Very short version
John H. Sanford, Universalist minister and newspaper publisher, could be considered the father of the Unitarian Universalist Church of Greater Lansing. In 1847 he came to Lansing from Ann Arbor and formed a Universalist society. On March 16, 1849 the church’s incorporation papers were signed. Several different Lansing buildings have been home to the Universalist congregation over the years. During the 1940s several Unitarian families moved to the Lansing area from Ann Arbor. They founded the Unitarian Fellowship of East Lansing and Mason, affiliating with the American Unitarian Association in March 1949. In 1957, Lansing area Universalists and Unitarians merged four years before the national merger took place. In 1971 the church purchased the former fraternity house at 855 Grove Street, East Lansing, thrived, and added an addition as well as remodeling. An extensive search for a new location was undertaken around 2010. A school building at 5509 South Pennsylvania Ave, Lansing, was purchased, a Capital Campaign helped to finance extensive remodeling, and the congregation moved in early June 2016.
John H. Sanford, Universalist minister and newspaper publisher, could be considered the father of the Unitarian Universalist Church of Greater Lansing. In 1847 he came to Lansing from Ann Arbor and formed a Universalist society. He was also the publisher of Lansing’s first newspaper, The Primitive Expounder. Since 1847 this church has had about 40 ministers and coordinators, both settled and interim. Over this same time, the congregation has met in nearly a dozen different locations. A book written by members of the Archives Committee provides details of this history (Busch E, Beckman S, Schwarzweller H, Dedicated Lives: 162 Years of Liberal Ministry and Its Ministers in Lansing, Michigan 1849-2011).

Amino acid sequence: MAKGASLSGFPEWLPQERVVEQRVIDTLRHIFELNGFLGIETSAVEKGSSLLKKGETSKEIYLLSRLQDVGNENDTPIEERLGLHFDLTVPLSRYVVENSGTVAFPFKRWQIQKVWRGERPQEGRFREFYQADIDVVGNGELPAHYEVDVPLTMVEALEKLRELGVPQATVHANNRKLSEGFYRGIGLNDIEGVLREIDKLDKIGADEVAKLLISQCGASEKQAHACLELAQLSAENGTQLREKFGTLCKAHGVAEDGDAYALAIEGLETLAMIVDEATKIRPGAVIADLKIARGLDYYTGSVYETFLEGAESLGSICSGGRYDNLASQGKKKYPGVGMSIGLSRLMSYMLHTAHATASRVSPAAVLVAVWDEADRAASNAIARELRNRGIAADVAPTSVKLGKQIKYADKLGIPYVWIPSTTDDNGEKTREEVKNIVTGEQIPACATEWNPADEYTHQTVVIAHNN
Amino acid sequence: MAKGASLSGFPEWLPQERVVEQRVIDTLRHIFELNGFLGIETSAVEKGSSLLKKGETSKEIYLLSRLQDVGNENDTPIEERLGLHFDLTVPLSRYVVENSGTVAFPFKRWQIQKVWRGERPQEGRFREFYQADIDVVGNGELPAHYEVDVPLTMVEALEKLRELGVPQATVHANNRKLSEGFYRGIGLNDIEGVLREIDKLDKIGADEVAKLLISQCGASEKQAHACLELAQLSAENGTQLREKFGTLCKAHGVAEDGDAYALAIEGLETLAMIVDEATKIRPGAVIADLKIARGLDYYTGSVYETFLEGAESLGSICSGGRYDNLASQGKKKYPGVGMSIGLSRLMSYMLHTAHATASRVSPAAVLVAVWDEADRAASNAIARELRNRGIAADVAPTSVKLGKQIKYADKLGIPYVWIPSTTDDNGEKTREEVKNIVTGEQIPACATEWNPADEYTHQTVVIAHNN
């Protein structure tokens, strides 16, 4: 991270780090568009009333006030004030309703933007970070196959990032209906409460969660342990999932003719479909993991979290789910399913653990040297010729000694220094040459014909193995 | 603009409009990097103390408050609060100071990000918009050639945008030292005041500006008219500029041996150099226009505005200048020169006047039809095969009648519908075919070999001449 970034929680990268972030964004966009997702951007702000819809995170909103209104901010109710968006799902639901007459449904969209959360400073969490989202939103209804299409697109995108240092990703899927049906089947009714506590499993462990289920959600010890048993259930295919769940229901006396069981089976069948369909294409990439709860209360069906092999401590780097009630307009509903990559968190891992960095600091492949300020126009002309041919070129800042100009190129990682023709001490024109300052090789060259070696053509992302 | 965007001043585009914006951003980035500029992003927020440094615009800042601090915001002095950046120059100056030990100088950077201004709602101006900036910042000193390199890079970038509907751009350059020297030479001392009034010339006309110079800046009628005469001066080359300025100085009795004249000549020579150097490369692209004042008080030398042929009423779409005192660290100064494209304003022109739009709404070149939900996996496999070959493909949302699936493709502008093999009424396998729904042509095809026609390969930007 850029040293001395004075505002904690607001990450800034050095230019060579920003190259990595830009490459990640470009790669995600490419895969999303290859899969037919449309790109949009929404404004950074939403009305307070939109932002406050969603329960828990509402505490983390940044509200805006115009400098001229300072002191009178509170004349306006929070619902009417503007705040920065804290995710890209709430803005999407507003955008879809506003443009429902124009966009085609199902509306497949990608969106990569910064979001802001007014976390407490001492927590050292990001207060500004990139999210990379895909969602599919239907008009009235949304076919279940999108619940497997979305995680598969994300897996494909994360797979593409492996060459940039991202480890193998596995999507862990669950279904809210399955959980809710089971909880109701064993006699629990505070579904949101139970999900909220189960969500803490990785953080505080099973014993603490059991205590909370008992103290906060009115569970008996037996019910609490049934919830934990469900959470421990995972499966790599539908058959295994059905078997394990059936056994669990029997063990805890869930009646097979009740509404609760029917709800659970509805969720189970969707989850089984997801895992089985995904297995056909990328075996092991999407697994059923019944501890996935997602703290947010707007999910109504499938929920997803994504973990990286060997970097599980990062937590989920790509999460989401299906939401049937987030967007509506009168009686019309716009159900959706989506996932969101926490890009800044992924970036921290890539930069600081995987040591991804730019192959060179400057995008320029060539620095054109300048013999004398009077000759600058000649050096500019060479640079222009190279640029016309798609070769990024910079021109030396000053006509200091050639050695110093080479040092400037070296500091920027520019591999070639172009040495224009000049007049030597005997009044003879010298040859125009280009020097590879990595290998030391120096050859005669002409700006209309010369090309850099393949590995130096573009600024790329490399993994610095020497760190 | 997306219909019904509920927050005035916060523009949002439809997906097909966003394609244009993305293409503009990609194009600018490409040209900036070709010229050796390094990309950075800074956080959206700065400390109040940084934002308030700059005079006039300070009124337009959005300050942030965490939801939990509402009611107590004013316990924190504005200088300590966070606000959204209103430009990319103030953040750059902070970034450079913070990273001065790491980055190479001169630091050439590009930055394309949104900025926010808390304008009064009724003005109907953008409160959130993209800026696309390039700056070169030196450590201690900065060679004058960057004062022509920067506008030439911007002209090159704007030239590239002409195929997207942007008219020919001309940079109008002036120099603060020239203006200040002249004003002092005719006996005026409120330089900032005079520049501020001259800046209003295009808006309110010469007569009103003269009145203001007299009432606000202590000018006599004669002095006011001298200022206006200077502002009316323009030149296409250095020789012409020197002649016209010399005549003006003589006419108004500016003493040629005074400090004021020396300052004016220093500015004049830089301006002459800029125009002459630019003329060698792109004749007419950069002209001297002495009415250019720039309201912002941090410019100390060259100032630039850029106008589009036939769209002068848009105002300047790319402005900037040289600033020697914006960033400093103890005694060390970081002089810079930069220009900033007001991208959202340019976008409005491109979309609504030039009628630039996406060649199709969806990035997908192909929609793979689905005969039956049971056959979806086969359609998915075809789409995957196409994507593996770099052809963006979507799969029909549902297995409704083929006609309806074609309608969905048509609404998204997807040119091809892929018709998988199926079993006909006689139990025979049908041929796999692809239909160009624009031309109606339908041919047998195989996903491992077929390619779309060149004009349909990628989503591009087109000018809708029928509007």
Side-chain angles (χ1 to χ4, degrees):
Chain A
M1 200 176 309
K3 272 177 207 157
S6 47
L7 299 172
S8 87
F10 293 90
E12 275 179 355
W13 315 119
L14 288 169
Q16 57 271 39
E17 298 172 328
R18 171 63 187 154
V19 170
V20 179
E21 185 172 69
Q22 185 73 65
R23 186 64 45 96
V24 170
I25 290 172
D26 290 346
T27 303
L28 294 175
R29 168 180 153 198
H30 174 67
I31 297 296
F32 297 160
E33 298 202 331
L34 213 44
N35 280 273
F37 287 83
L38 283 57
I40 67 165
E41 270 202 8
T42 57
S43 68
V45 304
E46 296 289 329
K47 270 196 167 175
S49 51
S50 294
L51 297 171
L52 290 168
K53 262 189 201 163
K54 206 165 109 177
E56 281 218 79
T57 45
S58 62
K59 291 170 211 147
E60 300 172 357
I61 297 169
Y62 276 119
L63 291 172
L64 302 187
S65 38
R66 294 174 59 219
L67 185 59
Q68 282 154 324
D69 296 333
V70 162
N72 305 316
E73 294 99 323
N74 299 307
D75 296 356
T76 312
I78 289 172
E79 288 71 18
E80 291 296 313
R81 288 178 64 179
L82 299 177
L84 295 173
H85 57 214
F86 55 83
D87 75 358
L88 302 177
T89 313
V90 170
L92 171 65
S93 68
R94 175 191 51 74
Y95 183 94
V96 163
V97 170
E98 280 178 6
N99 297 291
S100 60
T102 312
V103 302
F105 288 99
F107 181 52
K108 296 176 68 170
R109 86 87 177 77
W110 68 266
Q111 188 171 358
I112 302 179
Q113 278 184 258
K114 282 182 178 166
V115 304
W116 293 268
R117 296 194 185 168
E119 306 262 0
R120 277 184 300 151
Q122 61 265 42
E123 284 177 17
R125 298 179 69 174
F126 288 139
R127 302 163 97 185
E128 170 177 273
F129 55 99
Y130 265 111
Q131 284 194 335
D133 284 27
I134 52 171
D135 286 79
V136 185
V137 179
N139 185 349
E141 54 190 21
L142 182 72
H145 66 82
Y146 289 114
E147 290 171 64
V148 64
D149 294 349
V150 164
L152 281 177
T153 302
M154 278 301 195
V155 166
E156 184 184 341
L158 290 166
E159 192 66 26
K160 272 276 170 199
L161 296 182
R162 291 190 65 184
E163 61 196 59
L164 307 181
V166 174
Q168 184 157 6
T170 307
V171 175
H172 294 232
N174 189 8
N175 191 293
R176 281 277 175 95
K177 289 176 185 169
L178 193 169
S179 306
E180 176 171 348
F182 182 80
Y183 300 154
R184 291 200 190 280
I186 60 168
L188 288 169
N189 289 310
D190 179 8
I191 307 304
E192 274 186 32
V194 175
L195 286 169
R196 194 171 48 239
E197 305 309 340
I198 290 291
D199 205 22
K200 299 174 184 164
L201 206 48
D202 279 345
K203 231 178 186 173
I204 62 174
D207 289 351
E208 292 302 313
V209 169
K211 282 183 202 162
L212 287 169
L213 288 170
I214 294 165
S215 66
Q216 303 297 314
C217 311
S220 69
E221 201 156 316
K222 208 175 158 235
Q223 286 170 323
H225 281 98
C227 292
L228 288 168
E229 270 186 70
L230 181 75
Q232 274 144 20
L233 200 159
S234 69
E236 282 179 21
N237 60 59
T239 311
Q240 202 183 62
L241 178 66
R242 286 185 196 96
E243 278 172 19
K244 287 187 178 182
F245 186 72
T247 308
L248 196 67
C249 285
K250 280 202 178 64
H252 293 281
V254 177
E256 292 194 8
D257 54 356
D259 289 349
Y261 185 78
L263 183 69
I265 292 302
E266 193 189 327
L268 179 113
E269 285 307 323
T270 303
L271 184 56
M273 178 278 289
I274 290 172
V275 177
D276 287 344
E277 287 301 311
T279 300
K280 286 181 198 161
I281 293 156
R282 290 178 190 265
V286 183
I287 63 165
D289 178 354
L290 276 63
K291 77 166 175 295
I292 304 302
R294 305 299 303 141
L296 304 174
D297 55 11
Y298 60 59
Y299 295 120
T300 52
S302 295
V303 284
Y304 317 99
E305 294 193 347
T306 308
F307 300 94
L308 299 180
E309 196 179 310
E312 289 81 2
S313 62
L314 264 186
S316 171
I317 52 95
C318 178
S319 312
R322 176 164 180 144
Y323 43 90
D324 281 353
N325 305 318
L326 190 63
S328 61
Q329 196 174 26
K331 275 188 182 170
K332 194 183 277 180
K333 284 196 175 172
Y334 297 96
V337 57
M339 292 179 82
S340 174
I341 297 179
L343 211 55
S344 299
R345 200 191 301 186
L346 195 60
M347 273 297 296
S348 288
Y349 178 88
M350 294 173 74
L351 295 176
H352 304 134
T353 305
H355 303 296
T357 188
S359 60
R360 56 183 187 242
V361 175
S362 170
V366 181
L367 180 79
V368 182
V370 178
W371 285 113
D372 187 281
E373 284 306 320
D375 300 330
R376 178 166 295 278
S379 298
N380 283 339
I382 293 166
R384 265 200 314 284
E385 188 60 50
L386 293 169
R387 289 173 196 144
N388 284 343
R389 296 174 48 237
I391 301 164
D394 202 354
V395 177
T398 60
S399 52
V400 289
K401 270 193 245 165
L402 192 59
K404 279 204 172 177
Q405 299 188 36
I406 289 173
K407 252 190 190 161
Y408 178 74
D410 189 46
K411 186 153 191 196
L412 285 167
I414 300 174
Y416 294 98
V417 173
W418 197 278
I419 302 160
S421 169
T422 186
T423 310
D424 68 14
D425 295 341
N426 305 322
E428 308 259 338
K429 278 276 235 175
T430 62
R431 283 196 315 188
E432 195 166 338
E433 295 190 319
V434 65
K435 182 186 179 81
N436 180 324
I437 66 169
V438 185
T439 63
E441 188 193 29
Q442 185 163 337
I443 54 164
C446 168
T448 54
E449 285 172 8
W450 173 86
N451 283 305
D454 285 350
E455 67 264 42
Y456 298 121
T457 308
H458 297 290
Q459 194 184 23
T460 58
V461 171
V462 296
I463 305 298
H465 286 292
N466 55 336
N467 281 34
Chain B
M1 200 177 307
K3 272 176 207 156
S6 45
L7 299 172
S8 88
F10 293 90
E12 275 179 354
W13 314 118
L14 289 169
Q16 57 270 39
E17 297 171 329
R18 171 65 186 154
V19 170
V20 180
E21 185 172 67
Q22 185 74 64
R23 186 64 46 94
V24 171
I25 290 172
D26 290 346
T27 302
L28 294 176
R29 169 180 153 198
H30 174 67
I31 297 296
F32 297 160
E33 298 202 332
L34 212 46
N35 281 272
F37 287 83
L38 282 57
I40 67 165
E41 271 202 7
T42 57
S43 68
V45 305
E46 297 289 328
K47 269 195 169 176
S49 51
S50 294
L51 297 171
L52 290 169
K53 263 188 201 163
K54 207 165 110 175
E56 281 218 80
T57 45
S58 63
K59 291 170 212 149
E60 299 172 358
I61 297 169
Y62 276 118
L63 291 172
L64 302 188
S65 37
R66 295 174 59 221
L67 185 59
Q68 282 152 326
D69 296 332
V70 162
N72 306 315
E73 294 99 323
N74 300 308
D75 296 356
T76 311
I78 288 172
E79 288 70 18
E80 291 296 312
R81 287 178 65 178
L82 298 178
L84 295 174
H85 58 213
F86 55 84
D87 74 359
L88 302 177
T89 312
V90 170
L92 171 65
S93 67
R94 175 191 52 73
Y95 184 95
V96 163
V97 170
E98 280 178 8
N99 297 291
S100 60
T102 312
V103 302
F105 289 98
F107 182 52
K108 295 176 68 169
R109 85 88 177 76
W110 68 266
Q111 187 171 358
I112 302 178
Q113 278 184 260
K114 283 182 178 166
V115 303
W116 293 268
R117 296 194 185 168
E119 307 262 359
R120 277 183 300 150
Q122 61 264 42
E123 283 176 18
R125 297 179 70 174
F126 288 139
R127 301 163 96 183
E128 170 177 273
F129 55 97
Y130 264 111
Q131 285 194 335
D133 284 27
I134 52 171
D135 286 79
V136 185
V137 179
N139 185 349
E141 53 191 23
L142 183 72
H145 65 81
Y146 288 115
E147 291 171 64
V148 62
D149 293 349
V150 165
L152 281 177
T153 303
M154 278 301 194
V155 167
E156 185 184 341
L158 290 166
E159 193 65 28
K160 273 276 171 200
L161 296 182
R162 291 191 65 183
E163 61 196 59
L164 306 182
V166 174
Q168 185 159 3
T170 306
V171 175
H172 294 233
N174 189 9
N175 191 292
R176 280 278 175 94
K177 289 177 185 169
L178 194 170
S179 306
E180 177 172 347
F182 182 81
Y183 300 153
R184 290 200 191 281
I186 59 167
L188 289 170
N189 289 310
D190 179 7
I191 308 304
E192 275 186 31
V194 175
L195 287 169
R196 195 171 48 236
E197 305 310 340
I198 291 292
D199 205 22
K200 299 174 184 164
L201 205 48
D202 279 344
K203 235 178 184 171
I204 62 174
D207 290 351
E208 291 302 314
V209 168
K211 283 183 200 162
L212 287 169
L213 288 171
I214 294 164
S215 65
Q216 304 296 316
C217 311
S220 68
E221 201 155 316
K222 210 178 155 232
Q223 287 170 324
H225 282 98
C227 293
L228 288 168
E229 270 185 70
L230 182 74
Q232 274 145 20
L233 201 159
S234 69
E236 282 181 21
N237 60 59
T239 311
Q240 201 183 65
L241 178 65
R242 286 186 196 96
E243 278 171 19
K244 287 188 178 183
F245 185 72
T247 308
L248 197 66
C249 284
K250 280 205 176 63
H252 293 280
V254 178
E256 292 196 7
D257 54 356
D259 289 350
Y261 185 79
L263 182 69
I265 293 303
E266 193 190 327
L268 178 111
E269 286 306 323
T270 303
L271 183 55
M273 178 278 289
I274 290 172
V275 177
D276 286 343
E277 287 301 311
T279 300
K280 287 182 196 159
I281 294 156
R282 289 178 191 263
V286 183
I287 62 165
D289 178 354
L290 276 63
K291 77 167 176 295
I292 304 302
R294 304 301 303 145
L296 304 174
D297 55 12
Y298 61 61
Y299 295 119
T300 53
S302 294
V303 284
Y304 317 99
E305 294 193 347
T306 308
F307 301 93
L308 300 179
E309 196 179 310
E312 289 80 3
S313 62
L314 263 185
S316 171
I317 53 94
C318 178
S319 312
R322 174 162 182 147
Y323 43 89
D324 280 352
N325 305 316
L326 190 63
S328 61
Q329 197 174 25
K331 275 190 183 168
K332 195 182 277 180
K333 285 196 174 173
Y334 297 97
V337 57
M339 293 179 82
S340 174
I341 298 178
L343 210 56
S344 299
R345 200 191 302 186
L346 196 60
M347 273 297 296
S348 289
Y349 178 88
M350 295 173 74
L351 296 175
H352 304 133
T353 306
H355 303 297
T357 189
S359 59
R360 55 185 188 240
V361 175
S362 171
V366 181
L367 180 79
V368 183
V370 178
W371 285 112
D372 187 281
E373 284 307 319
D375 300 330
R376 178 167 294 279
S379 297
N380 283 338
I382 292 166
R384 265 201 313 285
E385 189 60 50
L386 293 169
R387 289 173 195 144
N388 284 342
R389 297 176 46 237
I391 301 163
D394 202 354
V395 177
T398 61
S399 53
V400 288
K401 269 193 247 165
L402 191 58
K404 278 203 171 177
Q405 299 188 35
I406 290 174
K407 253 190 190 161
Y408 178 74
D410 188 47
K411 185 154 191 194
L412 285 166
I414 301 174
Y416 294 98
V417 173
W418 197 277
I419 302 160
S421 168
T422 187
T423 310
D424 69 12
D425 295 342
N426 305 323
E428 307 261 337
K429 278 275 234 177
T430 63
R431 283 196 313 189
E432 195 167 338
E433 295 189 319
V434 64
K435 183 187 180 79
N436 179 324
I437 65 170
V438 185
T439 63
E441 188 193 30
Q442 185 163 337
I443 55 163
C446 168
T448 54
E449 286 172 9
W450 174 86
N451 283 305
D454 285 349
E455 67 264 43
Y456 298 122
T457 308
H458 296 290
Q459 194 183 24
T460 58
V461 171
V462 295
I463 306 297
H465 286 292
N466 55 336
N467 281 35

On March 16, 1849 the church’s incorporation papers were signed. In 1852 the Rev. C.W. Knickerbocker came to Lansing to serve the society as its minister. In a meeting at the Capitol on October 24, 1852, the society adopted a constitution and by- laws. There were about 65 members and services were held in the Capitol building or in a Lansing school.
In 1863 a brick church was built and dedicated at the corner of Grand Avenue and Allegan Street. The cost of construction was $6,000. Thirty years and eleven ministers later a new church was built on the corner of Capital Avenue and Ottawa Street. The land was deeded to the congregation by Sarah Vanderroot Emery. A rose window was placed in the north wall of the building in her memory. It was here that Augusta Jane Chapin was ordained and served as minister from 1881-82. The Rev. Chapin was the second woman ordained in the Universalist Church and the first woman in the country to be awarded an honorary doctor of divinity degree. (Olympia Brown was the first woman to be ordained, a few months before Chapin.)